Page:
Survey: CEOs plan to boost tech spending, despite economic concerns

A new report says businesses will be hesitant to boost spending this year – but IT may have an easier time getting a budget increase than other departments. 

Most CEOs (85%) believe their organizations will be negatively impacted by a recession in 2012, according to a recent Gartner survey.

That’s making most organizations hesitant about how they manage their budgets, according to the poll of 220 CEOs from around the globe.

However, there was some good news, at least for IT leaders: More than twice as many organizations plan to increase their IT spending this year than said they will reduce investments in technology.

One reason: Organizations in the survey listed growth as their top priority, and growing a company requires robust IT support and infrastructure. The CEOs surveyed recognize that, and in fact, when asked if they could think of a company they admired for using technology to gain a competitive advantage, 90% of executives said they could.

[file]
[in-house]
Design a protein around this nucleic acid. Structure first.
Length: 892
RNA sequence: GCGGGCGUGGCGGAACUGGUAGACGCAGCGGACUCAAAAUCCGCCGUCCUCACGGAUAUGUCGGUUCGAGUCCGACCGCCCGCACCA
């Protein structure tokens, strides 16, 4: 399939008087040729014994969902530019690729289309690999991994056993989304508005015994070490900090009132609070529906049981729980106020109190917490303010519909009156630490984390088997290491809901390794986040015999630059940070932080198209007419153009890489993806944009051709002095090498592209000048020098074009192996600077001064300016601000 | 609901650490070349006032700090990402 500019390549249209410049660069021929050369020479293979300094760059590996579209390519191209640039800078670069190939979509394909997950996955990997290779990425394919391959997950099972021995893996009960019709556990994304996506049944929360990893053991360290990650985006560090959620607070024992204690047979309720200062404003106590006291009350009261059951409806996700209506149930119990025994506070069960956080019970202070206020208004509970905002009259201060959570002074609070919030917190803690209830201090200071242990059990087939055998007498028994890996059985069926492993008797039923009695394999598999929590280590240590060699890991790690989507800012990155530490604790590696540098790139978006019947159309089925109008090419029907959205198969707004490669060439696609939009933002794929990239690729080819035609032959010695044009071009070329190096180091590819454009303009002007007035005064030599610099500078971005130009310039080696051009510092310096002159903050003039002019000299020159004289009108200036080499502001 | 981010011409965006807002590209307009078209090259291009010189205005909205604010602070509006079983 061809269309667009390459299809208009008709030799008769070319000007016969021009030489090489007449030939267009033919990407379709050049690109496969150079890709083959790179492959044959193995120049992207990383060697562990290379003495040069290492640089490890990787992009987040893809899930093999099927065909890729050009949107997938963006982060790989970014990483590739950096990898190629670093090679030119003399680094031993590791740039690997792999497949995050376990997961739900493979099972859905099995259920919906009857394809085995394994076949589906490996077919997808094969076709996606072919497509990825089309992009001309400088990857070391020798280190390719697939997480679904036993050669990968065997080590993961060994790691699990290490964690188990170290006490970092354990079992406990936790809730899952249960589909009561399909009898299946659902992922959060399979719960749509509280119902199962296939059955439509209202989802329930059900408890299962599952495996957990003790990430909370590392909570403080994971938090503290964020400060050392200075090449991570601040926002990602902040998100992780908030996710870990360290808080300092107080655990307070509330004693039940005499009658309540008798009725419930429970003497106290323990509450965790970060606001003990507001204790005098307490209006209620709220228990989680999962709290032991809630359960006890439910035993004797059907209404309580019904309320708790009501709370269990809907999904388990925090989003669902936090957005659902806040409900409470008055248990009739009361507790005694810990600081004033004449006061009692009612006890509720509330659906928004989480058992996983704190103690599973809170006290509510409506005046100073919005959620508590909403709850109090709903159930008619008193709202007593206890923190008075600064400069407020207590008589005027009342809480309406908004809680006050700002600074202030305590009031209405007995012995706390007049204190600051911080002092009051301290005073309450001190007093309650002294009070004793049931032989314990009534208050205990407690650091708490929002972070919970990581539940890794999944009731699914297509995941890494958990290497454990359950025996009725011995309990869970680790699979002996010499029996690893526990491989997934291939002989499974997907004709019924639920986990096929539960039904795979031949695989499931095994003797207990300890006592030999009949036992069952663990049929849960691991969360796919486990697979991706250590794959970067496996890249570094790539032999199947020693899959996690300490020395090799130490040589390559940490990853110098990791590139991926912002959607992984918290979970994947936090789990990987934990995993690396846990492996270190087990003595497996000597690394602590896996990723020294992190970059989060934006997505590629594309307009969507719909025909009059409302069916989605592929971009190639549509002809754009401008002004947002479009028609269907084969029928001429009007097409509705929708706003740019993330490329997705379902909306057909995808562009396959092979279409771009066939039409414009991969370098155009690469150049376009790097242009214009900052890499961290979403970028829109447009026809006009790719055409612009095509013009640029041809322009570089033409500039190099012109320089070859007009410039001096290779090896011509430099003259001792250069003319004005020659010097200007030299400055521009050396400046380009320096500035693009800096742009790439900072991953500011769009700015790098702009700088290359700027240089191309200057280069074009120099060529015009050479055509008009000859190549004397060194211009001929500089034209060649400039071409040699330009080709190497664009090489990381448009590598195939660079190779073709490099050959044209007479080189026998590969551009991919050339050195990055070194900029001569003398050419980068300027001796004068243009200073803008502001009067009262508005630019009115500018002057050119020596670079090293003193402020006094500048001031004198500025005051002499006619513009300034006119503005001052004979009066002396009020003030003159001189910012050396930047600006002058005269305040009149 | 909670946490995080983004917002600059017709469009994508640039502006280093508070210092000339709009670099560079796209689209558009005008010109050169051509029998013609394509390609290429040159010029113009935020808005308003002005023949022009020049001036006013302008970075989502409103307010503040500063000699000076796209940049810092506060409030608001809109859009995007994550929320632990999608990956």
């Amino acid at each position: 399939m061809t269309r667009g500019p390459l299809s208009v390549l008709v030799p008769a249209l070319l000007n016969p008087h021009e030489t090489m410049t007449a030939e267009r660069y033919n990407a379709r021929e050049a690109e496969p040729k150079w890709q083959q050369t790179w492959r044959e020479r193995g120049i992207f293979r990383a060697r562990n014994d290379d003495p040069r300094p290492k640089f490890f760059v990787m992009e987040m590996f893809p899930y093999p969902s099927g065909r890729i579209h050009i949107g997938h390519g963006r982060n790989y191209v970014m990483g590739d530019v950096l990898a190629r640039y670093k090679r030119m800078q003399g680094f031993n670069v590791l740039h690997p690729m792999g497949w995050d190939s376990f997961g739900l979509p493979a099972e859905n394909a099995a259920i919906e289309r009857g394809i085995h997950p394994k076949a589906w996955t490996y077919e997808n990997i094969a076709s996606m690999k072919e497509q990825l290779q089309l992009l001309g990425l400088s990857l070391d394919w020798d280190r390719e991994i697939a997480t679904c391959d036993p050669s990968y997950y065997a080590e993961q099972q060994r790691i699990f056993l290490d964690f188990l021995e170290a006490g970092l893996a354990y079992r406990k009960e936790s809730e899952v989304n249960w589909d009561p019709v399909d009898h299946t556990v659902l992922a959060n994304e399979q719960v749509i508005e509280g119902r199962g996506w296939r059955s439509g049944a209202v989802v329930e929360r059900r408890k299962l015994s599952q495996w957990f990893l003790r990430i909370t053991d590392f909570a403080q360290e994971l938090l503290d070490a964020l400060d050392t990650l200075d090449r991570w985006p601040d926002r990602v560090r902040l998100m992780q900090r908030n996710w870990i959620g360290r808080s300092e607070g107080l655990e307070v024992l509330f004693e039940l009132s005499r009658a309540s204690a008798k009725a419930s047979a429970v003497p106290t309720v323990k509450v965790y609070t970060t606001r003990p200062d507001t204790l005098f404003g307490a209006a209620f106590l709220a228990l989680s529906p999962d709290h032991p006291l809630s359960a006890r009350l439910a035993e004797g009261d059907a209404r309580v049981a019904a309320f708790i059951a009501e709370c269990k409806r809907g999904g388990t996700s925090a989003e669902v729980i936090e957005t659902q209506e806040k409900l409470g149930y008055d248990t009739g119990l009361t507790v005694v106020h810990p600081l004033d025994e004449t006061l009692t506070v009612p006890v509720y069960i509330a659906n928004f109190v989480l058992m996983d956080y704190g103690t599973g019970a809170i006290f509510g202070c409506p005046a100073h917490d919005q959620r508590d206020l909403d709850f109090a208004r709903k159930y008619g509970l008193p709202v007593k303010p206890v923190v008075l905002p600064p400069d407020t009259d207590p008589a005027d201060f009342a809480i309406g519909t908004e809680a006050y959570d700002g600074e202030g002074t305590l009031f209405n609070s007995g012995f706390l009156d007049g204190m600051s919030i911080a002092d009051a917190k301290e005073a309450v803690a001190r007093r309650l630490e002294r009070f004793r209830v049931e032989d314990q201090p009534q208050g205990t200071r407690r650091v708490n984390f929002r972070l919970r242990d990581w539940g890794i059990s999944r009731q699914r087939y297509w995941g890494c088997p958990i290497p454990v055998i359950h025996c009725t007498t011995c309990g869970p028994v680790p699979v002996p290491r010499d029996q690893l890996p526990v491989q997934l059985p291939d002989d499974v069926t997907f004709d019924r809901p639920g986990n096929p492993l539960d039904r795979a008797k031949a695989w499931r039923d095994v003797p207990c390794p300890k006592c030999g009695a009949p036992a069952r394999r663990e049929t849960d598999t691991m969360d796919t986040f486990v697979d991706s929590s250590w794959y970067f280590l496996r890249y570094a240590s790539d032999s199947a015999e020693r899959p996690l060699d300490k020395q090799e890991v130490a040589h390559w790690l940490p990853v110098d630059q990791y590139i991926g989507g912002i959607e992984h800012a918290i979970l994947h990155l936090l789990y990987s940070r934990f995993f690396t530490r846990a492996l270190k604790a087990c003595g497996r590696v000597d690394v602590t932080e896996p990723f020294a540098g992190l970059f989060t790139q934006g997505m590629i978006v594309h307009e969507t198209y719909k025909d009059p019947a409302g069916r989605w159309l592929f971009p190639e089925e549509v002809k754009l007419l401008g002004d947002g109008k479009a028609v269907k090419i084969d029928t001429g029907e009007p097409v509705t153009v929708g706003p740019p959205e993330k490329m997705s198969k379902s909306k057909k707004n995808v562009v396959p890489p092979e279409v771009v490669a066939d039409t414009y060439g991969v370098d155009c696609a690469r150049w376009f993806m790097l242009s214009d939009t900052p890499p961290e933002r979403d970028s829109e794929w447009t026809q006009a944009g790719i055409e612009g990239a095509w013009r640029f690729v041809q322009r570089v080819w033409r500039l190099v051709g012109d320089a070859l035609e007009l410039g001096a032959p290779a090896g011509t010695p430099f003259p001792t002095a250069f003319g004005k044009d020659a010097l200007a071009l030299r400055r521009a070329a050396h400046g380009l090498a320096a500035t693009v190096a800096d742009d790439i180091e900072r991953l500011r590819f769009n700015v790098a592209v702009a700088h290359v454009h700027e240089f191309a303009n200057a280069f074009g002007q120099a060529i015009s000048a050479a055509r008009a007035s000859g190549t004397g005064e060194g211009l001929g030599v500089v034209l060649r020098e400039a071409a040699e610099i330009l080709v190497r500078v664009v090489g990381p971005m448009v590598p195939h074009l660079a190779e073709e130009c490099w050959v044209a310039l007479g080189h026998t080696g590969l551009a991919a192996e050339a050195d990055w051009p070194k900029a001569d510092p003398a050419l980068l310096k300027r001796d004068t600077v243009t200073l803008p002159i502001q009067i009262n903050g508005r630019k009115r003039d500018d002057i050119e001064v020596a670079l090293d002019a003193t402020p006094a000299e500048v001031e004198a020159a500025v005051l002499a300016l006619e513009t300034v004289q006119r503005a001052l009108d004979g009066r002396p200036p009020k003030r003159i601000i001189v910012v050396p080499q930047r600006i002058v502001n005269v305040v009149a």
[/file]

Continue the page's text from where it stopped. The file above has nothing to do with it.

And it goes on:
Where will organizations prioritize their IT investments? Customer relationship management (CRM) systems topped the list for the CEOs surveyed. Newer technologies such as cloud computing and mobile applications and devices are also being looked at closely.

One thing many companies still need to work on to make IT investments pay off, according to Gartner, is finding the right ways to use information to gain advantages over competitors and grow the business. More and more information is becoming available to businesses, and the companies that are the most successful will be those that find out how to use it.

The first step: gathering the right data. CIOs and IT managers should be asking their company’s top executives what information the organization needs and finding ways to gather and analyze that data, Gartner says. When asked what information they’d like their firms to have, CEOs gave a variety of answers. IT must find out what’s needed most for their businesses and come up with an appropriate strategy.